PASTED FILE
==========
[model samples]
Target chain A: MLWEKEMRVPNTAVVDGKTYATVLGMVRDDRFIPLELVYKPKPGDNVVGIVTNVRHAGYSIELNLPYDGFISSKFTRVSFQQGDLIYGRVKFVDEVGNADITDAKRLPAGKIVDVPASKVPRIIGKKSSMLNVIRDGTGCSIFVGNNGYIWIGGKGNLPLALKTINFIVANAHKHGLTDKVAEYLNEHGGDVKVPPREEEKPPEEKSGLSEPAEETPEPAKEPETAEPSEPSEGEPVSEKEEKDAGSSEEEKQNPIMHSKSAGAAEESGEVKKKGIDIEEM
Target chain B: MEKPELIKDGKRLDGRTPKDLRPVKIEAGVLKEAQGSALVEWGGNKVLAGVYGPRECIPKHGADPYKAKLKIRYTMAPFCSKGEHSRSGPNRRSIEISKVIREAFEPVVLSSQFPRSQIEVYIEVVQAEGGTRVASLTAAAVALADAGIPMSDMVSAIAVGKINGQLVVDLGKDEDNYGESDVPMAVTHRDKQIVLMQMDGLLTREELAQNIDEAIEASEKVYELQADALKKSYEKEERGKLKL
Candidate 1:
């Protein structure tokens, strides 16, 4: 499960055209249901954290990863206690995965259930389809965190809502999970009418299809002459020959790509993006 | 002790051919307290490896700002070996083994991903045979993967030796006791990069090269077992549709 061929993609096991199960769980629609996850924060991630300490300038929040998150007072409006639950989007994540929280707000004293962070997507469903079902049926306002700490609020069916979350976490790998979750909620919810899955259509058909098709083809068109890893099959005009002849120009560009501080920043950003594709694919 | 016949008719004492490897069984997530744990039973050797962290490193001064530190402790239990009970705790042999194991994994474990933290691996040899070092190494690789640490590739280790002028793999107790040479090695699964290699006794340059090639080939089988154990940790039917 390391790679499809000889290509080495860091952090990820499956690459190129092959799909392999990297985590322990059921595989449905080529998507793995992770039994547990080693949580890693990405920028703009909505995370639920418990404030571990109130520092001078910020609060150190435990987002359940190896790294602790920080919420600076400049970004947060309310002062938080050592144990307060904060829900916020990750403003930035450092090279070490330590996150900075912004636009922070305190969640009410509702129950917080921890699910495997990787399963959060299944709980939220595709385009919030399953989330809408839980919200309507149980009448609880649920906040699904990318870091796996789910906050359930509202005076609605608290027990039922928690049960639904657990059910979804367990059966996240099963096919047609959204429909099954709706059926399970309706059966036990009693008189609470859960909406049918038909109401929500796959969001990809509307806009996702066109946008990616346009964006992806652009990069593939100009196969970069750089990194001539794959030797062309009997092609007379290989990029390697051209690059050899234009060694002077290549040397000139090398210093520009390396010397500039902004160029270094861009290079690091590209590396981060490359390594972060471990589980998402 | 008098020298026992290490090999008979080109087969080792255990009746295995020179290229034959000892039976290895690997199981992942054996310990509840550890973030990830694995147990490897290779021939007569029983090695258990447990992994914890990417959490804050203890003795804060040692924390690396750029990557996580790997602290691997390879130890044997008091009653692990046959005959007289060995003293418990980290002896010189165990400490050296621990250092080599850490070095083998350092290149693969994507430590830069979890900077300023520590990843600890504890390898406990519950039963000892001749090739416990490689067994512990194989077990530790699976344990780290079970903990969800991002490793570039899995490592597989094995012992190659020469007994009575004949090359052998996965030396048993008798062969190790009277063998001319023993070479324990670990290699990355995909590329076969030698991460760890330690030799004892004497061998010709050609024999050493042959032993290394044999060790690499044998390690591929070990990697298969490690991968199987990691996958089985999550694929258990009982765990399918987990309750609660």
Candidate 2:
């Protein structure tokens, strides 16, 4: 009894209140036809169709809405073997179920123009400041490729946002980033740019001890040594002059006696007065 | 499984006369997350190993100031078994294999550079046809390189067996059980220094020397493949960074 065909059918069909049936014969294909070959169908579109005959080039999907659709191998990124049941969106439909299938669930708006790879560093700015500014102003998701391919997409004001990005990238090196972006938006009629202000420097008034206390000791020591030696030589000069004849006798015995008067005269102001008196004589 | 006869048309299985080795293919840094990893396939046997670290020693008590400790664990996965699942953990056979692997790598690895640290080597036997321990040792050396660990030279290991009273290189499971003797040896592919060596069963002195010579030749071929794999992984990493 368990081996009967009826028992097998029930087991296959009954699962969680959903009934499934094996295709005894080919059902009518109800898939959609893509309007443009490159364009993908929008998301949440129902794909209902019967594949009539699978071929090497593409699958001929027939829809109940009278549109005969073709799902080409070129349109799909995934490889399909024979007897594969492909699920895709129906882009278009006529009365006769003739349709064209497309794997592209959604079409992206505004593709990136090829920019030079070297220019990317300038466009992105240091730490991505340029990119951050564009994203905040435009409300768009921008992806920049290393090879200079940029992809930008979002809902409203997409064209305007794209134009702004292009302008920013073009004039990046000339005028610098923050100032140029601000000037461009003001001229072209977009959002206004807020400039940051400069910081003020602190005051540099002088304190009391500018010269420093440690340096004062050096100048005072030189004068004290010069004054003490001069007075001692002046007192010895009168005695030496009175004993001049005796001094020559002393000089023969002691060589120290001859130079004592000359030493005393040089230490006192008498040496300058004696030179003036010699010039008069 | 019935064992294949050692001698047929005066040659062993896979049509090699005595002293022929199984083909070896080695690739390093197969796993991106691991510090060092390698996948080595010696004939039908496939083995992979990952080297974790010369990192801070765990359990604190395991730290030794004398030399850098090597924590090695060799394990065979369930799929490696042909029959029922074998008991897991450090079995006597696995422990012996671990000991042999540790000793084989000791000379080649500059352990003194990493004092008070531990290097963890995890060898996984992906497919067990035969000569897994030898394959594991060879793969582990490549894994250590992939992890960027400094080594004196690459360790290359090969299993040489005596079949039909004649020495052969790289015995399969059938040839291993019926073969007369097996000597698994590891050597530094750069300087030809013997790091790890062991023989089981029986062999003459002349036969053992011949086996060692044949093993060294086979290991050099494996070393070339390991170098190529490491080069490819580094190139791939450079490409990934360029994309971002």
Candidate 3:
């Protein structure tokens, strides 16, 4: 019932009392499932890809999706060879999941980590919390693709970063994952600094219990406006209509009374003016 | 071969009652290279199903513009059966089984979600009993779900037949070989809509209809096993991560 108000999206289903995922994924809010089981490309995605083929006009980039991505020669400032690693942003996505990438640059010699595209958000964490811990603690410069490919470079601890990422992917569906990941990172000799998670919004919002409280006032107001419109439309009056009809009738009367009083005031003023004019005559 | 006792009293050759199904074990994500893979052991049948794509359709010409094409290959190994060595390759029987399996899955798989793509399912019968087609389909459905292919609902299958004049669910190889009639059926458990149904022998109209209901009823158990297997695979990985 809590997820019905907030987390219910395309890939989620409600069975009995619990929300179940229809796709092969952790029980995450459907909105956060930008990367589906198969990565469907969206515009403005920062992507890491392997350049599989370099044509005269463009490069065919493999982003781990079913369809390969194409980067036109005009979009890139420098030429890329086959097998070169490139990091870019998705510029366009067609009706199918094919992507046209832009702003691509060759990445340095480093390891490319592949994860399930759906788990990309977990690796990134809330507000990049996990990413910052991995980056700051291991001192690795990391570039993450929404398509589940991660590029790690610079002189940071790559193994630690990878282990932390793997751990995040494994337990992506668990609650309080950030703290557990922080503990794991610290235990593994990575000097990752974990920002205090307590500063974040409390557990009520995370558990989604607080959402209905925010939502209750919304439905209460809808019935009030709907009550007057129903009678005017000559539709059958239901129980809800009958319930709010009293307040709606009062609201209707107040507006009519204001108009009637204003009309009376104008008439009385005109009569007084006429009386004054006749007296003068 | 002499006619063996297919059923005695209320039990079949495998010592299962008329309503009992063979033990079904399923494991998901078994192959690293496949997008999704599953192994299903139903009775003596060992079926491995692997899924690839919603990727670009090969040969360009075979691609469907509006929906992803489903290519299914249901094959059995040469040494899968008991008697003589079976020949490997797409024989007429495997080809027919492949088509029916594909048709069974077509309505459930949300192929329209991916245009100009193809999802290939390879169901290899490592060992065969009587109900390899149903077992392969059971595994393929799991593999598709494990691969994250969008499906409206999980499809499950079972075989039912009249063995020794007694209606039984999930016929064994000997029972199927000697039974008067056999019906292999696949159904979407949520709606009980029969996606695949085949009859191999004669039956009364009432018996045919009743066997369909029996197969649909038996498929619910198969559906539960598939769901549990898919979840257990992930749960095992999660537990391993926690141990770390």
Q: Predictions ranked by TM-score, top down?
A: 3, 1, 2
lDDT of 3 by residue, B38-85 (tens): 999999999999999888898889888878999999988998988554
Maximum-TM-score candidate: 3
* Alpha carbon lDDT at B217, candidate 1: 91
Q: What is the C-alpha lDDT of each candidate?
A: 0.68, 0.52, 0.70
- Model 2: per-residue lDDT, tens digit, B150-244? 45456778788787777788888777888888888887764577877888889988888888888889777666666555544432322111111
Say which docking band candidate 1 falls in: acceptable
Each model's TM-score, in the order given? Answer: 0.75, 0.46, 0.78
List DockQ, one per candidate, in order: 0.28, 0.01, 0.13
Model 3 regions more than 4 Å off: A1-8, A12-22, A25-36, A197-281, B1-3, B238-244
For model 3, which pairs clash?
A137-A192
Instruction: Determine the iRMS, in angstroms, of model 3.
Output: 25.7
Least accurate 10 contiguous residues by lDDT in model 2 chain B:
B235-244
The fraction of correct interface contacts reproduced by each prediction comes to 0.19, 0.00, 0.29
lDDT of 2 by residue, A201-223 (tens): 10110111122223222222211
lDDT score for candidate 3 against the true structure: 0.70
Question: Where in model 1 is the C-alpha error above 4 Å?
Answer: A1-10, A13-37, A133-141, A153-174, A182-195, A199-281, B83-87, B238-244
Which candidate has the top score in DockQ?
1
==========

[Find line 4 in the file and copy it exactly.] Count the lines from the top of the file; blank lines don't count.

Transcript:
Candidate 1: